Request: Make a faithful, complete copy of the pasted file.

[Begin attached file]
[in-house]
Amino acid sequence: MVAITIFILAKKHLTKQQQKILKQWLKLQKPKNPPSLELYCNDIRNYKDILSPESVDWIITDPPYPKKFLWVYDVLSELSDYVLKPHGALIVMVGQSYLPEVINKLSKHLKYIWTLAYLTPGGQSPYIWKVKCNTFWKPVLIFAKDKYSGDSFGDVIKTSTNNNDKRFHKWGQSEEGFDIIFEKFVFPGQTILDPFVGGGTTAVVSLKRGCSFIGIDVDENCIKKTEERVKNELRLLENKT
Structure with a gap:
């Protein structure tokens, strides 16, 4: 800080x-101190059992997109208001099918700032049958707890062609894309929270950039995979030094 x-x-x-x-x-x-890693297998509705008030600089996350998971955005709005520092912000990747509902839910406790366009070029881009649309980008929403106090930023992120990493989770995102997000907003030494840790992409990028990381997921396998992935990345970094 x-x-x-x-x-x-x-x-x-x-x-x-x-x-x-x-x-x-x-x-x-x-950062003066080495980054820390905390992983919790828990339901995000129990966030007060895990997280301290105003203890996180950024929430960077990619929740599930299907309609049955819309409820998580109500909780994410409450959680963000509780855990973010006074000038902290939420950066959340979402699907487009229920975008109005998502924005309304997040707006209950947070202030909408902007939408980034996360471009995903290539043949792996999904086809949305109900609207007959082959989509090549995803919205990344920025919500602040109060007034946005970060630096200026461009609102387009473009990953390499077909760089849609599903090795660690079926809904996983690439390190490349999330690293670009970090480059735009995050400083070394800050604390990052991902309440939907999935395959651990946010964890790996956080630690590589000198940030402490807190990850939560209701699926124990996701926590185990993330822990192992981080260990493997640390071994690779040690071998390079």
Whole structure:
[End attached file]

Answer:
[in-house]
Amino acid sequence: MVAITIFILAKKHLTKQQQKILKQWLKLQKPKNPPSLELYCNDIRNYKDILSPESVDWIITDPPYPKKFLWVYDVLSELSDYVLKPHGALIVMVGQSYLPEVINKLSKHLKYIWTLAYLTPGGQSPYIWKVKCNTFWKPVLIFAKDKYSGDSFGDVIKTSTNNNDKRFHKWGQSEEGFDIIFEKFVFPGQTILDPFVGGGTTAVVSLKRGCSFIGIDVDENCIKKTEERVKNELRLLENKT
Structure with a gap:
């Protein structure tokens, strides 16, 4: 800080x-101190059992997109208001099918700032049958707890062609894309929270950039995979030094 x-x-x-x-x-x-890693297998509705008030600089996350998971955005709005520092912000990747509902839910406790366009070029881009649309980008929403106090930023992120990493989770995102997000907003030494840790992409990028990381997921396998992935990345970094 x-x-x-x-x-x-x-x-x-x-x-x-x-x-x-x-x-x-x-x-x-x-950062003066080495980054820390905390992983919790828990339901995000129990966030007060895990997280301290105003203890996180950024929430960077990619929740599930299907309609049955819309409820998580109500909780994410409450959680963000509780855990973010006074000038902290939420950066959340979402699907487009229920975008109005998502924005309304997040707006209950947070202030909408902007939408980034996360471009995903290539043949792996999904086809949305109900609207007959082959989509090549995803919205990344920025919500602040109060007034946005970060630096200026461009609102387009473009990953390499077909760089849609599903090795660690079926809904996983690439390190490349999330690293670009970090480059735009995050400083070394800050604390990052991902309440939907999935395959651990946010964890790996956080630690590589000198940030402490807190990850939560209701699926124990996701926590185990993330822990192992981080260990493997640390071994690779040690071998390079």
Whole structure: